Monday, May 24, 2010

History of the Parthenon

As we gaze upon the ruins of the Parthenon let us try to visualize it as it was in the time of Pericles, when it stood supreme, surrounded by other buildings, each an architectural masterpiece, for what we see today is but the empty shell of Athena's temple. It is more than a miracle that in a changing world it has withstood the ravages of time, fire, earthquakes, war, and religious fanaticism, and that its honey-colored marble, mellowed by almost two thousand five hundred years of Attic sun, still forms a tangible link with the past, bearing witness to the immortality of man's spirit.

While the Parthenon was scrupulously respected by the Romans the intolerance of the Early Christians completely blinded them to the superlative beauty of Greek Art, in which they saw only the evidence of paganism. During the first centuries of our era it was a common occurrence for Christians to mutilate or completely destroy priceless works of art.

After serving as the sanctuary of Athena for a thousand years, the Parthenon was essentially intact apart from some repairs to the roof after a fire in the second century AD, when, in accordance with the edict of the Emperor Theodosius concerning pagan temples, it was converted to Christian worship in the fifth century. The drastic structural alterations involved in transforming it into the ornate Byzantine church of Divine Wisdom (Aghia Sophia), later dedicated to the Virgin Mother of God (Theotokos) violated its beauty. At the east the pronaos was largely destroyed to make way for an apse, the opisthodomos at the west end became the entrance and the Parthenon proper the narthex. The blank partition wall between the cella and the Parthenon proper was pierced by three doorways, the inner columns were removed and replaced by a Byzantine colonnade, a vaulted roof substituted for the coffered ceiling and the walls covered with paintings. During the alterations considerable damage was done to the sculptures; the Birth of Athena represented in the east pediment was all but totally destroyed when the pronaos was pulled down.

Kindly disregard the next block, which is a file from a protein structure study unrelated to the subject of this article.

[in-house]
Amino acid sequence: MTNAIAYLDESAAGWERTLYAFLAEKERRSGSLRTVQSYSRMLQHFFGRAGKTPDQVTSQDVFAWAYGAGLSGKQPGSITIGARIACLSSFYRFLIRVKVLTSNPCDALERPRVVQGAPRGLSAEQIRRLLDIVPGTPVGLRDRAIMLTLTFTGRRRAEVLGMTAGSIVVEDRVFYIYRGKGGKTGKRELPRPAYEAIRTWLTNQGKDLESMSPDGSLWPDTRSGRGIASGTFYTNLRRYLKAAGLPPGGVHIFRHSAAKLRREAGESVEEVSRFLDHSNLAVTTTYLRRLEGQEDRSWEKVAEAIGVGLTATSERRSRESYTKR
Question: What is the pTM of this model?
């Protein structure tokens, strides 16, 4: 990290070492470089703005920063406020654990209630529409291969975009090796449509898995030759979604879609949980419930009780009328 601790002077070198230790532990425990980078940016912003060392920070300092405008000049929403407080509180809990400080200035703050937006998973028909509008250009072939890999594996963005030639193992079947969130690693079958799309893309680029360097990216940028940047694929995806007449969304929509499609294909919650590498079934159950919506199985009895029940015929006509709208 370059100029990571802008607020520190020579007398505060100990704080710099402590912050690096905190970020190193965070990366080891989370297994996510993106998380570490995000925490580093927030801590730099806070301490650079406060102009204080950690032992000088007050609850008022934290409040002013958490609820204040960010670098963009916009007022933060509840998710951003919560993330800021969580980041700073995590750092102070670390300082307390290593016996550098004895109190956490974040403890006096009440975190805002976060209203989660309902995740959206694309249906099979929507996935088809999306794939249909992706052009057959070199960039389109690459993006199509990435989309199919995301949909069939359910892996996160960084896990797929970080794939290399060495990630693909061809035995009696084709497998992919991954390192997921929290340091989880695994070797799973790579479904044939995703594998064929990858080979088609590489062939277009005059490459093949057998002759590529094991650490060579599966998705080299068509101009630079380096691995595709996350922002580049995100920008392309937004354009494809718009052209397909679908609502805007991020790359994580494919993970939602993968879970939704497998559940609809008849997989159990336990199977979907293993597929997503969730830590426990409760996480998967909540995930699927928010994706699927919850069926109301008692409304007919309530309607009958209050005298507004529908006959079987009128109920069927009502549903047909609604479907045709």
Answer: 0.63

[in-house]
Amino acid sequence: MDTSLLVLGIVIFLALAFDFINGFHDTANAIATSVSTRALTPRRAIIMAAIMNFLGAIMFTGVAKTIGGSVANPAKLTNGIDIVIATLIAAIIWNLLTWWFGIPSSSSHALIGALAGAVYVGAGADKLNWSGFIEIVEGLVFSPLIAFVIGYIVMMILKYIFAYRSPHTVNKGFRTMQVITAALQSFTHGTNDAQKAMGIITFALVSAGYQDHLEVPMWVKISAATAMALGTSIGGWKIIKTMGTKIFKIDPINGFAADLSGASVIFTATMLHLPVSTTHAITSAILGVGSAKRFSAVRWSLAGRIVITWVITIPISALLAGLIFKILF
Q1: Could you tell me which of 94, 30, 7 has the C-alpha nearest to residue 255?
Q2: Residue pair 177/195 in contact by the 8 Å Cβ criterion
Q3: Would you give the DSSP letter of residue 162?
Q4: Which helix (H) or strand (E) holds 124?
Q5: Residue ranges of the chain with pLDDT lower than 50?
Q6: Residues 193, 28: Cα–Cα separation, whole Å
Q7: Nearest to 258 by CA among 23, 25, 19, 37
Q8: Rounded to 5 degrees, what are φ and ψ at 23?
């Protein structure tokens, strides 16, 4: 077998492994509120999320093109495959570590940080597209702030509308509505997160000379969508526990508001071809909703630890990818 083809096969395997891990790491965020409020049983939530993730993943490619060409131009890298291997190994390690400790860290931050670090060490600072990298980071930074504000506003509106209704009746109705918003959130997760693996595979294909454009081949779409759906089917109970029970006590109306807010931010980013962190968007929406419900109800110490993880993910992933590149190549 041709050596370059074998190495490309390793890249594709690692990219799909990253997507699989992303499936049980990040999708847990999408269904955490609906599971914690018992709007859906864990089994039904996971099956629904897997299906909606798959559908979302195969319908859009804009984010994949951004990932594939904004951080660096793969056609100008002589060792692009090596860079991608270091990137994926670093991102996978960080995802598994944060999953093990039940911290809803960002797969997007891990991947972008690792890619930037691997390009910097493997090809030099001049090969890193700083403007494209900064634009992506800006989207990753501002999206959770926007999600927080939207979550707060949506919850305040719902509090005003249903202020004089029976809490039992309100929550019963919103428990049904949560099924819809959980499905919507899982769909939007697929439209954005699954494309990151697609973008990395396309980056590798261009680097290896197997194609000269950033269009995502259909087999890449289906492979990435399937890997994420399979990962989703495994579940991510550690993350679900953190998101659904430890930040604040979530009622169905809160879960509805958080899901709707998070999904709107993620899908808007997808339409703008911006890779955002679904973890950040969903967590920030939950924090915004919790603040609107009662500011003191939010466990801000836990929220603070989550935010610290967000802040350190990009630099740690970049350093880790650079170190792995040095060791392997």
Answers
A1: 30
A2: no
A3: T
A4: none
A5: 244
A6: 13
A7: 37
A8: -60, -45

In 1209 the first French ruler of Athens, Otto de la Roche, adapted the Parthenon to Catholic worship and consecrated as the church of Sainte Marie of Athens. Later, in 1456 Athens fell to the Turks and the Parthenon was converted into use as a mosque, though fortunately without any further structural changes.

In 1674 the Marquis de Nointel, French Ambassador to the Sublime Porte, obtained permission to visit the Acropolis. Among the members of his suite was the draughtsman Jacques Carrey, who made a series of drawings of the sculptures of the Parthenon. These drawings, four hundred in number, are now in the National Library in Paris and constitute an invaluable record of the state of the sculpture at that time.

In 1676 the Acropolis was visited by two friends, the French Physician Jacques Spon and Sir George Wheler, who were the last two travelers to see the Parthenon before it was severely damaged by gunfire in 1687. The book describing their voyage to Italy, Dalmatia, Greece and Asia Minor appeared in 1678 and contained the first scientific description of the ruins of Athens.

On 26th September 1687 a shell from a Venetian mortar crashed through the roof of the Parthenon, which the Ottomans were using as a powder magazine. In the tremendous explosion that followed, the naos, pronaos and fourteen columns of the peristyle were shattered. Further violence was done to the sculpture by Morosini's clumsy and unsuccessful attempt to lower Athena's chariot from the west pediment, and the Parthenon suffered still more damage when the Turks regained Athens in the following year.

In 1787 Count Choiseul-Gouffier, French Ambassador to the Sublime Porte, transported to Paris a portion of the frieze from the outer wall of the naos and two metopes, which he had retrieved from the mass of fallen masonry. Fourteen years later his example was followed, though on an infinitely larger scale, by Lord Elgin, British Ambassador to Constantinople. Eighteen figures from the pediments, almost half the frieze and fifteen metopes from the Parthenon, one of the Caryatids and a column from the Erechtheion, some small pieces of sculpture from the Temple of Athena Nike, as well as a statue of Dionysus from the choregic monument of Thrasyllus that stood above the Theatre of Dionysus, were among the two hundred and fifty priceless Greek marbles which Elgin ravished from the Acropolis and other places in Greece and shipped to London between 1803 and 1812.


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